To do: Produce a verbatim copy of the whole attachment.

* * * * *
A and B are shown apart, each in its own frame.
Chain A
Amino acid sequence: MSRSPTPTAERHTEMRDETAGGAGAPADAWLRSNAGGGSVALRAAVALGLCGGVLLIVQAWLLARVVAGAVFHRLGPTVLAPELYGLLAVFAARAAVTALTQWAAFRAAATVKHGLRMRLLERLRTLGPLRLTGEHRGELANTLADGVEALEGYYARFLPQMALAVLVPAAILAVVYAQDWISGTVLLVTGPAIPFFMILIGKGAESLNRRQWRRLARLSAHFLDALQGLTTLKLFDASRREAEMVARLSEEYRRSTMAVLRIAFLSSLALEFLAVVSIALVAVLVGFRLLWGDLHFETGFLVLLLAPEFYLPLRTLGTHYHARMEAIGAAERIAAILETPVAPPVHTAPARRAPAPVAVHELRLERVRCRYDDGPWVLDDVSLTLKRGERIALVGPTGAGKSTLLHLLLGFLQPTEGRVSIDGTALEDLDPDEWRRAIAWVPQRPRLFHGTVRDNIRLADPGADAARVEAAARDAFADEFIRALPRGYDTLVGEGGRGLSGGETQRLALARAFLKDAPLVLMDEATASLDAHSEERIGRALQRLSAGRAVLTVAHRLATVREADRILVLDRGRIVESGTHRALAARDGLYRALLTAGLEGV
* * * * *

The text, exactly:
A and B are shown apart, each in its own frame.
Chain A
Amino acid sequence: MSRSPTPTAERHTEMRDETAGGAGAPADAWLRSNAGGGSVALRAAVALGLCGGVLLIVQAWLLARVVAGAVFHRLGPTVLAPELYGLLAVFAARAAVTALTQWAAFRAAATVKHGLRMRLLERLRTLGPLRLTGEHRGELANTLADGVEALEGYYARFLPQMALAVLVPAAILAVVYAQDWISGTVLLVTGPAIPFFMILIGKGAESLNRRQWRRLARLSAHFLDALQGLTTLKLFDASRREAEMVARLSEEYRRSTMAVLRIAFLSSLALEFLAVVSIALVAVLVGFRLLWGDLHFETGFLVLLLAPEFYLPLRTLGTHYHARMEAIGAAERIAAILETPVAPPVHTAPARRAPAPVAVHELRLERVRCRYDDGPWVLDDVSLTLKRGERIALVGPTGAGKSTLLHLLLGFLQPTEGRVSIDGTALEDLDPDEWRRAIAWVPQRPRLFHGTVRDNIRLADPGADAARVEAAARDAFADEFIRALPRGYDTLVGEGGRGLSGGETQRLALARAFLKDAPLVLMDEATASLDAHSEERIGRALQRLSAGRAVLTVAHRLATVREADRILVLDRGRIVESGTHRALAARDGLYRALLTAGLEGV